Cel-Sci's claim about Multikine lowering cholesterol is just more hyer-promotional data mining and doesn't pass the smell test. According to regulatory filings, Multikine was studied in previous clinical studies enrolling over 200 patients, so how does Cel-Sci explain a meta-analysis that includes four studies and 120 patients? How were those studies and patients selected and why were others left out?

A 2005 phase II study of Multikine in head and neck cancer published in the Journal of Clinical Oncology was almost certainly included in the meta-analysis, but that study makes no mention of any cholesterol-lowering effects of the drug. In fact, the study publication doesn't mention cholesterol at all.

Cel-Sci claims treatment with Multikine led to a statistically significant reduction in cholesterol, but what was their drug compared to for that conclusion to be reached? None of the phase II studies of Multikine conducted by Cel-Sci included a control arm -- meaning all the patients received Multikine. How then, can these studies demonstrate a statistically significant reduction in cholesterol? Cel-Sci doesn't say.

Perhaps Cel-Sci split the Multikine-treated patients into two groups -- those taking statin drugs for high cholesterol and those who were not. Again, Cel-Sci doesn't explain. Of course, it doesn't really matter because we run full circle back to the data-mining problem -- the studies weren't originally designed to split patients into statin and non-statin users.

If the cholesterol-lowering finding from this meta-analysis of Multikine studies is reality challenged, why would Cel-Sci bother with it? The answer goes back to what I warned up top -- positive results derived from post-hoc data mining are usually a smokescreen seeking to cover up other problems.

In Cel-Sci's case that means problems with the ongoing phase III study of Multikine, which is taking forever to get off the ground. The number of press releases issued by Cel-Sci announcing the start of the phase III trial appears to exceed the number of patients actually enrolled. Cel-Sci's problems run deeper still because lackluster Multikine data from the phase II studies gives the drug little chance of succeeding in the phase III study.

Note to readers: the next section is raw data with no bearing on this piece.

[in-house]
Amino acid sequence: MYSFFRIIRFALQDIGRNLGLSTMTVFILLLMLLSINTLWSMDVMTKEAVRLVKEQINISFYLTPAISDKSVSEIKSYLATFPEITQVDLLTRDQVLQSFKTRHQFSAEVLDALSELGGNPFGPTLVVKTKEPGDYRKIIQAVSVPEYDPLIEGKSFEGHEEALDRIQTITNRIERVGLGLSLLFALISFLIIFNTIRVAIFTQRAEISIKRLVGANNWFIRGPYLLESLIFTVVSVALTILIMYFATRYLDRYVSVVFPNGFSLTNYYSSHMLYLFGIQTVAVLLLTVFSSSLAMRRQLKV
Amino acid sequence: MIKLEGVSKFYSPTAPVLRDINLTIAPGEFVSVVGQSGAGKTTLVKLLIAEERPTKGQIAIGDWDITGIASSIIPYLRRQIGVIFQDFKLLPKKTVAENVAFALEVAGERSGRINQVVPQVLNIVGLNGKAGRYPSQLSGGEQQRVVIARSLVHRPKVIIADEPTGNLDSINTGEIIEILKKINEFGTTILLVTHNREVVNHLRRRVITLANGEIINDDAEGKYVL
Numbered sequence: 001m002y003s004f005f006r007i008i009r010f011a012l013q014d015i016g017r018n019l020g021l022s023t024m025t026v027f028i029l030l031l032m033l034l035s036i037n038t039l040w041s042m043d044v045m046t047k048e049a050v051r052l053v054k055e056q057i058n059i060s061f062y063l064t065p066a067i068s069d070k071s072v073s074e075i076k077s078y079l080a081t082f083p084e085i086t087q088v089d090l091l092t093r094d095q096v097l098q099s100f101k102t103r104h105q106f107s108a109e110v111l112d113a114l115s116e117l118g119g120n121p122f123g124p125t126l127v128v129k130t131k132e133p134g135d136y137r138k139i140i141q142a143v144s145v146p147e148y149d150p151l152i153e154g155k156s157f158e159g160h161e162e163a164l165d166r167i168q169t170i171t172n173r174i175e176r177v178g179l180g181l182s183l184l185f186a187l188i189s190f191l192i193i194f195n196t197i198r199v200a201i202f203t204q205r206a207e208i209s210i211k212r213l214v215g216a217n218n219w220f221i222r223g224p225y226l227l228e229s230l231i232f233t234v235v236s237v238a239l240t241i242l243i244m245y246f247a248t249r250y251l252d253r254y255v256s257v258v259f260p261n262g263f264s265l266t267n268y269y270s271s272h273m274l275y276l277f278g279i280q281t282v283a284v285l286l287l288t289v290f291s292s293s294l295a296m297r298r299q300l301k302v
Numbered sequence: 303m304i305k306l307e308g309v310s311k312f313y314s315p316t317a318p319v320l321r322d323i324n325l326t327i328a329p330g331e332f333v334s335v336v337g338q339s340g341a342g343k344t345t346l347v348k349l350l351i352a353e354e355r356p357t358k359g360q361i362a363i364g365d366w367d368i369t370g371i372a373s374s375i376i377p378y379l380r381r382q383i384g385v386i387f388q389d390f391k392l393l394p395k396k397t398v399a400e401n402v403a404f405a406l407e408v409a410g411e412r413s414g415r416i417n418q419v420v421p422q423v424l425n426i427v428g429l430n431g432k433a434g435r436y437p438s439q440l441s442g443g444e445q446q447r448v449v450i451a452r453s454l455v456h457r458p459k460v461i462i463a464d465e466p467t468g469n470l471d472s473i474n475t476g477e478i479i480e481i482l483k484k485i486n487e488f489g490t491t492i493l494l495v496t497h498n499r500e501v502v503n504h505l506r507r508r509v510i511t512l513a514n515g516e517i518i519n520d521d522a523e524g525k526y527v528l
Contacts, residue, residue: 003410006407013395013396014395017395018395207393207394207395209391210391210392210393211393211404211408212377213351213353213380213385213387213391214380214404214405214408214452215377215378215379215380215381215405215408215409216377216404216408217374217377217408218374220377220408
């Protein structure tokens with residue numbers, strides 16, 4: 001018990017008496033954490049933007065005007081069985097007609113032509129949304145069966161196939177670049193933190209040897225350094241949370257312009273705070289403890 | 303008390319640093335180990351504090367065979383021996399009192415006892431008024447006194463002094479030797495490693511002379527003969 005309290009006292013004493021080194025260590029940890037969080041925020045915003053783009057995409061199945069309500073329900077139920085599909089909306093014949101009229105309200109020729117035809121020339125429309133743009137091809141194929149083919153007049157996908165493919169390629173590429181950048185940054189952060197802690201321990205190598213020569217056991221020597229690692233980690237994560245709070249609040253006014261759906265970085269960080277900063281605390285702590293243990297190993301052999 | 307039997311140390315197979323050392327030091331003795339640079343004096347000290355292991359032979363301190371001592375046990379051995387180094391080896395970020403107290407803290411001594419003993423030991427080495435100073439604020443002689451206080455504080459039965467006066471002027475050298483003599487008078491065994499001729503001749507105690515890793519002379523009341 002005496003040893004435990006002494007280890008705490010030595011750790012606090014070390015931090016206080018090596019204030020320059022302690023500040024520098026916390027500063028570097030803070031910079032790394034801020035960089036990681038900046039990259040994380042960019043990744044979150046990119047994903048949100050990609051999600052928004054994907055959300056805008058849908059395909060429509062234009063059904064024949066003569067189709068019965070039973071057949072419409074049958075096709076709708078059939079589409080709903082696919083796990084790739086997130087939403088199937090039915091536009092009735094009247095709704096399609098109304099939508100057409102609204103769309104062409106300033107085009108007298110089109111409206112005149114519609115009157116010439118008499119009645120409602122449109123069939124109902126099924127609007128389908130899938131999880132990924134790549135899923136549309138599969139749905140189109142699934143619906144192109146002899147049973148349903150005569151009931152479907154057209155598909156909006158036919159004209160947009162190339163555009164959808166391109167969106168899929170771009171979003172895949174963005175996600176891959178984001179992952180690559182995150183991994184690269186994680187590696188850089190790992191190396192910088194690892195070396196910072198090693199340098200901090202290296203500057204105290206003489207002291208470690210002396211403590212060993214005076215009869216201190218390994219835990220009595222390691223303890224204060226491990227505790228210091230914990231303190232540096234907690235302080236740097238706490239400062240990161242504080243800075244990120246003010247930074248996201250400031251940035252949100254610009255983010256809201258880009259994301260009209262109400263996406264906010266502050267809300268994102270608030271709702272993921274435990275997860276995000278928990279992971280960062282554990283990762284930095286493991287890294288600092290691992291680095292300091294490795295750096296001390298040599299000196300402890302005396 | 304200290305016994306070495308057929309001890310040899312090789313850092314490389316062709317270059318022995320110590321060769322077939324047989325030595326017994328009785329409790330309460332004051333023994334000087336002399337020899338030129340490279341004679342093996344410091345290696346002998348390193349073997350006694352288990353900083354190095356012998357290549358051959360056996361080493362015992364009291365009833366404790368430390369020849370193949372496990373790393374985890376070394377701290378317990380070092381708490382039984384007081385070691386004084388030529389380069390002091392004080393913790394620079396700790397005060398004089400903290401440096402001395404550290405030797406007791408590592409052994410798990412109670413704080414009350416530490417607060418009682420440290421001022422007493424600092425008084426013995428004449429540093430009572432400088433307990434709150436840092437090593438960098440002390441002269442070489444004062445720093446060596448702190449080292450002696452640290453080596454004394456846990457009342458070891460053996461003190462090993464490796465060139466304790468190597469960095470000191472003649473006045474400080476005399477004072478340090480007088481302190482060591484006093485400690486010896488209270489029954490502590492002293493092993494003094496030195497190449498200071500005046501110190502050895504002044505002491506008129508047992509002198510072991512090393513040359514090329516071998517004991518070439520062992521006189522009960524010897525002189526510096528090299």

Yet Cel-Sci's needs to keep hope alive, lest gullible retail shareholders lose interest and the disbursement of management's annual paychecks become threatened.

Desperate companies like Apricus and Cel-Sci use data dredging as a necessary survival tool. Smart investors recognize the danger signs and steer clear.

Post script: As I was putting this column together, I saw news that Transdel Pharmaceuticals ( TDLP) filed for bankruptcy this week and sold off its remaining assets. Transdel was also a data-mining offender.

Fair warning.

More companies guilty of data-mining: Osiris Therapeutics ( OSIR), Agenus ( AGEN) (formerly Antigenics), Introgen Therapeutics (defunct, another bankruptcy), and Cell Therapeutics ( CTIC), which famously re-analyzed a failed lung cancer trial claiming its drug Opaxio (formerly Xyotax) only worked for women.

--Written by Adam Feuerstein in Boston.

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Adam Feuerstein writes regularly for TheStreet. In keeping with company editorial policy, he doesn't own or short individual stocks, although he owns stock in TheStreet. He also doesn't invest in hedge funds or other private investment partnerships. Feuerstein appreciates your feedback; click here to send him an email.